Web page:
Read this surprisingly-refreshing piece entitled "Assessing Regional Diffusion from Brussels to Addis Ababa: The Limits of Modelling and Mentoring", which explores the "integration snobbery" theme of other regionalisms seeing the EU by hook or by crook as a model, but refracted through the prism of the African Union.


"Another challenge is the EU‟s „over-ambition‟ to promote regional integration (Börzel & Risse, 2009b). While the normative ideals being promoted by the EU might themselves be unproblematic, diffusion through the EU faces the potential criticism of being neo-colonial and arrogant. This is then problematic if the essence of EU-Africa relations, and indeed the cultivation of African integration is to give Africa a better seat at the table to represent its citizens. Further, the EU faces challenges to its own integration. A recent report in the Economist suggested that the difficulty the EU had in reaching a conclusion on the Greek bailout and the Eurozone crises endangers the integration project. Perhaps exaggerated, reports like these engender the negative perception of third parties, especially budding regional institutions like the AU, to the „EU as a Model‟ paradigm."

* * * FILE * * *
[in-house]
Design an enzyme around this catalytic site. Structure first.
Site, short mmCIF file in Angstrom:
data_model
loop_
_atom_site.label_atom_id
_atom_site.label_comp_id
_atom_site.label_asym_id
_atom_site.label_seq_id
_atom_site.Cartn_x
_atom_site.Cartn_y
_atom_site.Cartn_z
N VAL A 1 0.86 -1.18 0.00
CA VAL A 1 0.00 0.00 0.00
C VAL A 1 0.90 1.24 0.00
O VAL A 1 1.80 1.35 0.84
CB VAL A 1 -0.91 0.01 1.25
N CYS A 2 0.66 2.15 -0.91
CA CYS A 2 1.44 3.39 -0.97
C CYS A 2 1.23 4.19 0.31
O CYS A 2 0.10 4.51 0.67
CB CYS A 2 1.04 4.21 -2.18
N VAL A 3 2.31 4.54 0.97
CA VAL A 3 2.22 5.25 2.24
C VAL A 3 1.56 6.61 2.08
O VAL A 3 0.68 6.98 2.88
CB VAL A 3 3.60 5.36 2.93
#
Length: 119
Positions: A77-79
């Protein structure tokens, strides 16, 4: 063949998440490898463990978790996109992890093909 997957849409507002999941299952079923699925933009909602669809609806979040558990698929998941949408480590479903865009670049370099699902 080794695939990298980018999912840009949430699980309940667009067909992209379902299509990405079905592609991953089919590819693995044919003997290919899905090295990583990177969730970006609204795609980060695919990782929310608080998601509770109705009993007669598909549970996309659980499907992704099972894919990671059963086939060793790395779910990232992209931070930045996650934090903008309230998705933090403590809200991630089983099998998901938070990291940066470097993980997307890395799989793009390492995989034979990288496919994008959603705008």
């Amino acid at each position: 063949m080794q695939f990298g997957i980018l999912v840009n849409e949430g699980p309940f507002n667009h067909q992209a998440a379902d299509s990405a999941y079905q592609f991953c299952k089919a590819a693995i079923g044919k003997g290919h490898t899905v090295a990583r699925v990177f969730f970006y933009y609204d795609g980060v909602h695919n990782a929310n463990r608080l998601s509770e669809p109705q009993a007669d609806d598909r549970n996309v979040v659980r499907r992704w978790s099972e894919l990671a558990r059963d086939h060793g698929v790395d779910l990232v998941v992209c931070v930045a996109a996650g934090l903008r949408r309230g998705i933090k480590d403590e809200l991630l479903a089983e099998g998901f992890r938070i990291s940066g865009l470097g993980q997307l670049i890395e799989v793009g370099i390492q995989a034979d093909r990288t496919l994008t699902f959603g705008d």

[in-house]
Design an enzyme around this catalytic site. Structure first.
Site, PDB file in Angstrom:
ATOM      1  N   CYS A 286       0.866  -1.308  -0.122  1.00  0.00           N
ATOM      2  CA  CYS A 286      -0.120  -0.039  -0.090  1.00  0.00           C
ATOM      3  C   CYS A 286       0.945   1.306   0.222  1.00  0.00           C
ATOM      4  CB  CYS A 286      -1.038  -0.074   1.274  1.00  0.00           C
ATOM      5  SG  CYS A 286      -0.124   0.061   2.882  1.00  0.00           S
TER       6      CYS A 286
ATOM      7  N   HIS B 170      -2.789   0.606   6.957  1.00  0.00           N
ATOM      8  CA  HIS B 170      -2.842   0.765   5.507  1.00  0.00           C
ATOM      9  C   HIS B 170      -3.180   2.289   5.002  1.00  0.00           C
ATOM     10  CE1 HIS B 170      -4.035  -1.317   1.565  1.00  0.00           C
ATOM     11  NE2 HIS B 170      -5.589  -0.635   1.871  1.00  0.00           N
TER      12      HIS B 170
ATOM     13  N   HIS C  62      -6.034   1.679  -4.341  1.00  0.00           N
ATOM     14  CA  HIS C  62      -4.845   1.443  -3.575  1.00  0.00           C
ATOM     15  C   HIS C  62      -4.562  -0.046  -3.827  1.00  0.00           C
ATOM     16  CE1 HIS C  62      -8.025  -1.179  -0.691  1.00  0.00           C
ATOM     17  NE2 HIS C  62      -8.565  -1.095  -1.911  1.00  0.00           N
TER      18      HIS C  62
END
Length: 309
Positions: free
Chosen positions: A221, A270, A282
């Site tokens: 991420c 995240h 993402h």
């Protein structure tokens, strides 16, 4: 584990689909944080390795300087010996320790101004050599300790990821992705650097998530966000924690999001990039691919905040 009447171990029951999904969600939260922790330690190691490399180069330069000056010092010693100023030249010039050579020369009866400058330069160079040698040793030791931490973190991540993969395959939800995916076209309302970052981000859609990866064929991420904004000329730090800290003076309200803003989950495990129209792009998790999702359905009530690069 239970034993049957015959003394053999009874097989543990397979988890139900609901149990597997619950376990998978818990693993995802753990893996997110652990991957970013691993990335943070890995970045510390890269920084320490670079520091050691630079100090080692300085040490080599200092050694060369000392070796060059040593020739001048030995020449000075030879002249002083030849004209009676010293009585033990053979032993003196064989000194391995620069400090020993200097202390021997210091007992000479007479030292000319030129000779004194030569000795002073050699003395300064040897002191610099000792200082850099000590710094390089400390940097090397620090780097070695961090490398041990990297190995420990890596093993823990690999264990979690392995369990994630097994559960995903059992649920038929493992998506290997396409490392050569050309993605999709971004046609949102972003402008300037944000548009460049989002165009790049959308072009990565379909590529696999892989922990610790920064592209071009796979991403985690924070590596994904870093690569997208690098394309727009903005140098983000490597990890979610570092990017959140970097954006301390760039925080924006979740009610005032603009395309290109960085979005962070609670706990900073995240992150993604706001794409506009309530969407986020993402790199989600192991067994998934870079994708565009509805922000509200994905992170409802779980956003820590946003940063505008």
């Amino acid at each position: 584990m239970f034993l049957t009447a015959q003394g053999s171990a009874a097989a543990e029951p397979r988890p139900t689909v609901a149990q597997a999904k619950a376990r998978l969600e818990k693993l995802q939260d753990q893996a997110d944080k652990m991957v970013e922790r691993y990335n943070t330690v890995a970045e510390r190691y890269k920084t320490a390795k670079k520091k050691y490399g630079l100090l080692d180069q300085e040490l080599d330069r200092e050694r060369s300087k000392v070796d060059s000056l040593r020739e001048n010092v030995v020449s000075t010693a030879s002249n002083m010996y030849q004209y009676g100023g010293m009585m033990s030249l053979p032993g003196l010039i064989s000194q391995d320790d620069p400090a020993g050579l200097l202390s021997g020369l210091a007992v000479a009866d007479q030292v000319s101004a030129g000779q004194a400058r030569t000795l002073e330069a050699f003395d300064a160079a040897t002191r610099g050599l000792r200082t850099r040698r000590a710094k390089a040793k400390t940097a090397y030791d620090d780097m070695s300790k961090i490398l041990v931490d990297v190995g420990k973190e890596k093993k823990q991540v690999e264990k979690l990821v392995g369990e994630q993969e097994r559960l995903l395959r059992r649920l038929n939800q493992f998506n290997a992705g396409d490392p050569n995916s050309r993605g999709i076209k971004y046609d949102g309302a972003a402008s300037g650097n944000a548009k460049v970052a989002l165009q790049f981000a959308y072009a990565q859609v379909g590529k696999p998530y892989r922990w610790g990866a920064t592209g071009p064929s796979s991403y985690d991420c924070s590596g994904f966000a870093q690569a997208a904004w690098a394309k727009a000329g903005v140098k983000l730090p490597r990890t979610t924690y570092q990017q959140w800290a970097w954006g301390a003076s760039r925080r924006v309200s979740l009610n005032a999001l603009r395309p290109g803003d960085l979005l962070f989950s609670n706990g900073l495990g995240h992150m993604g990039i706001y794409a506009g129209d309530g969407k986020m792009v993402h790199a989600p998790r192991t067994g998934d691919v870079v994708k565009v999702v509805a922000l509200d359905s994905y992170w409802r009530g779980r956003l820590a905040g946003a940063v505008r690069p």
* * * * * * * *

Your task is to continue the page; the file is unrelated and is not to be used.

Friday, September 02, 2011

"Regional Co-operation" v "Regional Integration"

About two weeks ago, I created a Google alert for "regional cooperation" alongside the "regional integration" that I have. I noticed I obtained far more search results than the latter. Then it struck me: it looked like "regional cooperation" seems to be far more popular and meaningful to observers and practitioners of the discipline that this "integration" thing I like to bandy about here, for example.

Now I can understand this, because if you really look at it, regional cooperation offers a wider "remit" if you will of how regionalism works. When states are cooperating in a regional sphere, people kind of get it you know; they understand what it entails to cooperate. The ideas of pooling resources; public goods; electricity, etc all kind of fall into place.

Conversely talk of integration, and the eyes kind of glaze over. Integration--far from being unsexy -- is also a bit of a mouthful: how and what are you integrating towards? And if it's a region, how are you integrating the region? All the images that the former explanation conjures kind of stops short when we talk of "regional integration."